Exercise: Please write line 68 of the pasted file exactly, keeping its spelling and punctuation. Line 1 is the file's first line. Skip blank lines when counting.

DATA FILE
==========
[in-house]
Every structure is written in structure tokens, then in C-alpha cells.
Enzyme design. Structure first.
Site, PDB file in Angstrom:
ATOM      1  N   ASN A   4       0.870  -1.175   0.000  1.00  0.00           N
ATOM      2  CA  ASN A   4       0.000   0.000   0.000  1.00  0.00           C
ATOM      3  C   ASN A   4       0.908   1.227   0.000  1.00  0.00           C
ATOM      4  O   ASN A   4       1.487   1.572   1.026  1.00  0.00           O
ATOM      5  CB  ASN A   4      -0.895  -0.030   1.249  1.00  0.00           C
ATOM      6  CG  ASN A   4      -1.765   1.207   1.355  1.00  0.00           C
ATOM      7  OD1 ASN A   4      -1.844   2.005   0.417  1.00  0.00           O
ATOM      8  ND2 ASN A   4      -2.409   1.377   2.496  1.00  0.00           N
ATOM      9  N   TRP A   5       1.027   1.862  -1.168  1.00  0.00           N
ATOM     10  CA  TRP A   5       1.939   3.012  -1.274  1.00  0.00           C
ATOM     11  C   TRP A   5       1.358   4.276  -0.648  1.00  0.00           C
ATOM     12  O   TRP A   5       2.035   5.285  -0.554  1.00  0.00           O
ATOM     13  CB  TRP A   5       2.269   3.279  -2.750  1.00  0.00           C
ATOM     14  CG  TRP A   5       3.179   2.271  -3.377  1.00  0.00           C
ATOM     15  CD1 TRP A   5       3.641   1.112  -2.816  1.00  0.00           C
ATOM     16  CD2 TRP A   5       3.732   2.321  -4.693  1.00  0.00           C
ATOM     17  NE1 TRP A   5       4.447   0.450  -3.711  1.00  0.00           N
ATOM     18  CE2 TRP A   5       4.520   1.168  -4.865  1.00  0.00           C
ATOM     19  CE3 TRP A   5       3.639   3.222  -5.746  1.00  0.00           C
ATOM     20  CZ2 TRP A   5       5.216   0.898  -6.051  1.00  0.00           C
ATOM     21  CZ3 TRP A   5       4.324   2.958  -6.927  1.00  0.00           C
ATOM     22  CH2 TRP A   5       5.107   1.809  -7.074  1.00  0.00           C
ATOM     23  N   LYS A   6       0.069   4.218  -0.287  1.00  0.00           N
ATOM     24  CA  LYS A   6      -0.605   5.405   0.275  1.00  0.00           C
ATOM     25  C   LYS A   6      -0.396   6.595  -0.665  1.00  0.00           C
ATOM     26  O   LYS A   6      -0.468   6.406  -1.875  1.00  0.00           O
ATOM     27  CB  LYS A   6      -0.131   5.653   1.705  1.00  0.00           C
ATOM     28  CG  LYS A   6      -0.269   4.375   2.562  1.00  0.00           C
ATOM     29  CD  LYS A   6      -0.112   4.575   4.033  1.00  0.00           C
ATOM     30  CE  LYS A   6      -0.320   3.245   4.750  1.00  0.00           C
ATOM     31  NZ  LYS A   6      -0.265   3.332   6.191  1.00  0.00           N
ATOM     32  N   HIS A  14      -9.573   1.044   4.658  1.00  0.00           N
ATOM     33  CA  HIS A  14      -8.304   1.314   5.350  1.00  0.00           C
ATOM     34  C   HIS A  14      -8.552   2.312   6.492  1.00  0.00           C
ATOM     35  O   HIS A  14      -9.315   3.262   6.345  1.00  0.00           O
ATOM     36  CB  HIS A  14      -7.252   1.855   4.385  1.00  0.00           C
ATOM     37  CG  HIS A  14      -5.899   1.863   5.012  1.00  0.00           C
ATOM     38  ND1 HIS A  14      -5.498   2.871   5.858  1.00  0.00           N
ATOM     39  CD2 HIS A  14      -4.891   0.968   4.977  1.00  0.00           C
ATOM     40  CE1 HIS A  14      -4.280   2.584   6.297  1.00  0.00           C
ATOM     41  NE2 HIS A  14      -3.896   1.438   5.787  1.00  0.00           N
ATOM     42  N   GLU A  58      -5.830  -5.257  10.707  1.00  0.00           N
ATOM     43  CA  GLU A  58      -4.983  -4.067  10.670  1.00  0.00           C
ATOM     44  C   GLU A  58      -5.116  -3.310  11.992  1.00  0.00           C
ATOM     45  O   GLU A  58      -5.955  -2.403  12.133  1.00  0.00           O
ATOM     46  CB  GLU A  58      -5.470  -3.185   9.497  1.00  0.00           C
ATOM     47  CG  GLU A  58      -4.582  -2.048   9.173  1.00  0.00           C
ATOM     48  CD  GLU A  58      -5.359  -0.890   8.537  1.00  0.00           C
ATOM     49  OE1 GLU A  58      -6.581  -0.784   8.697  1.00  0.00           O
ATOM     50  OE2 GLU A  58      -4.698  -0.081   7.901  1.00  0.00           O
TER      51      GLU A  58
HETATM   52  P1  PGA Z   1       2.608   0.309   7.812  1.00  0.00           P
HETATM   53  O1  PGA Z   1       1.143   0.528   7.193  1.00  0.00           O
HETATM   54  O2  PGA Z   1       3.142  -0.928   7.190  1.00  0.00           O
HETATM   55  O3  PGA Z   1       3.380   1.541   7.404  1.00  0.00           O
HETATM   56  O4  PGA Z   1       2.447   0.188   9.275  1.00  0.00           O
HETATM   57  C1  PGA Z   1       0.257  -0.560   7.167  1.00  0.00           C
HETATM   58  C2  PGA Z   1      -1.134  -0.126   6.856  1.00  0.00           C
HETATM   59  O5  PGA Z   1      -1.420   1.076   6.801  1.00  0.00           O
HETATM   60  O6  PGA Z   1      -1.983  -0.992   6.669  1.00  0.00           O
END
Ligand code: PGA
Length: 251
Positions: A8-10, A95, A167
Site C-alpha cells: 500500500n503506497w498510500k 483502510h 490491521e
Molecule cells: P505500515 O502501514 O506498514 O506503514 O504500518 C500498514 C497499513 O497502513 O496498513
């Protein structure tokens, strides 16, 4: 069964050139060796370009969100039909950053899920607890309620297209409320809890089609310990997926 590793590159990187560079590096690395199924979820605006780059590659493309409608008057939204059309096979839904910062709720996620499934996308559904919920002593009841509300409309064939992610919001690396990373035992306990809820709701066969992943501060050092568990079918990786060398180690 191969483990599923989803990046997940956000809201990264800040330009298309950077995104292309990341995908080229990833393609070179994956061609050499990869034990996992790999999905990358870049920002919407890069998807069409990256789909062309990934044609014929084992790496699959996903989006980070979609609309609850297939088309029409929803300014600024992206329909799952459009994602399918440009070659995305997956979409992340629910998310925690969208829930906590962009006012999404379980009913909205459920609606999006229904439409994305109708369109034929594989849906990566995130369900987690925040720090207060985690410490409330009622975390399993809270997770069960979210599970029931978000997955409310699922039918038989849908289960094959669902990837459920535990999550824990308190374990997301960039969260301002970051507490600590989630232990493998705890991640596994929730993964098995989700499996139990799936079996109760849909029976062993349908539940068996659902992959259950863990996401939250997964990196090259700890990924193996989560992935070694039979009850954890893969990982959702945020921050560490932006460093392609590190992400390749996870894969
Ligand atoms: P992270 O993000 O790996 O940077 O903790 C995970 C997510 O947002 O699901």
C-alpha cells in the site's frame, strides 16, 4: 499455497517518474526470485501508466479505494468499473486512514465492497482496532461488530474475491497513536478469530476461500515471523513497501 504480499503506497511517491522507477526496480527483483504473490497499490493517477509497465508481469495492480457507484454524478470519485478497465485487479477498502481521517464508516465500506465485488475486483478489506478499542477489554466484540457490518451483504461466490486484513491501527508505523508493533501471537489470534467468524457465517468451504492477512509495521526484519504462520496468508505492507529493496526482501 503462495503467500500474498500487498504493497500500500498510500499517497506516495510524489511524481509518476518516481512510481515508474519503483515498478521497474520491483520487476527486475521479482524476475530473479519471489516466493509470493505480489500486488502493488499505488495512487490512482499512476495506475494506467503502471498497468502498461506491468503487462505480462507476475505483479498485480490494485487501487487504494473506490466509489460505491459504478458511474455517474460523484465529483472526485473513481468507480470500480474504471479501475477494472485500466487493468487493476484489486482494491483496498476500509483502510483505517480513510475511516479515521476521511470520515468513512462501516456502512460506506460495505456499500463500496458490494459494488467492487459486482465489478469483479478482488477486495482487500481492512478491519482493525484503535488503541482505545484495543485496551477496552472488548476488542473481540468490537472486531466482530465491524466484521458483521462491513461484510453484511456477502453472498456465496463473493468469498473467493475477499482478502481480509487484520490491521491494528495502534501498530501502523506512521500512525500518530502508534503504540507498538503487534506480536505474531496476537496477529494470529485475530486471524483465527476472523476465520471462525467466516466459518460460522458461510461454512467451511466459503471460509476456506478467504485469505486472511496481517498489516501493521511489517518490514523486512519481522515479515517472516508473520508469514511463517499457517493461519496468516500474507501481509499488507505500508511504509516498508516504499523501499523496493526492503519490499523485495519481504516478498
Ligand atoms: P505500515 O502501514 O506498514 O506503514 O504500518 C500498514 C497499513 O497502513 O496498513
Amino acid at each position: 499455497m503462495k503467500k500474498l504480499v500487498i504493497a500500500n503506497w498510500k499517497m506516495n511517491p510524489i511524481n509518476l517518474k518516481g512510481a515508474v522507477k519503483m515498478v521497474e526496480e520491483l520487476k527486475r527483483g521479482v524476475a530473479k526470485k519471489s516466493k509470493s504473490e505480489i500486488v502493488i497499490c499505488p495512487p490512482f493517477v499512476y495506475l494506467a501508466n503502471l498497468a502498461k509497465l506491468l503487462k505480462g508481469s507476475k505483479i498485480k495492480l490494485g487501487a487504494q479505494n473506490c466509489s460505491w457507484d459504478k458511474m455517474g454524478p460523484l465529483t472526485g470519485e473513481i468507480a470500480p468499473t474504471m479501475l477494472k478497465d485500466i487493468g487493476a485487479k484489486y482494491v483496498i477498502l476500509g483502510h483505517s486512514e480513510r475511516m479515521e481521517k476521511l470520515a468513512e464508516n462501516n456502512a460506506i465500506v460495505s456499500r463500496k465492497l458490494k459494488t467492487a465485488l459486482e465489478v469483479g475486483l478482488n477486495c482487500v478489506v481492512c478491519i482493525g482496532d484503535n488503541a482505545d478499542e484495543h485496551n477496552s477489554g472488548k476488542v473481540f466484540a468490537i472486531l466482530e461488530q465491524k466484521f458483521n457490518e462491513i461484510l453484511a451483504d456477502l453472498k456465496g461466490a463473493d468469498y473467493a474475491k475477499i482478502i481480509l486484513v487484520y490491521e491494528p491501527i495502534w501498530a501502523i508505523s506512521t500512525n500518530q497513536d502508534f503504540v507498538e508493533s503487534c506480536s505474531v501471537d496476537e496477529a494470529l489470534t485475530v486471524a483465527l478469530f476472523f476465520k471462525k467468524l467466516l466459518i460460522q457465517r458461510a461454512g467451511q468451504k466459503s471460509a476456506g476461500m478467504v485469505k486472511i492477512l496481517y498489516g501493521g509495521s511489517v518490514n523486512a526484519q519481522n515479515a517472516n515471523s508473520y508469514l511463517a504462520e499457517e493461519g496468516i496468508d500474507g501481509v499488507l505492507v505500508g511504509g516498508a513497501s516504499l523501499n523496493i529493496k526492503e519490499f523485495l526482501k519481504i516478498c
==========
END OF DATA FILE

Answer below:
Positions: A8-10, A95, A167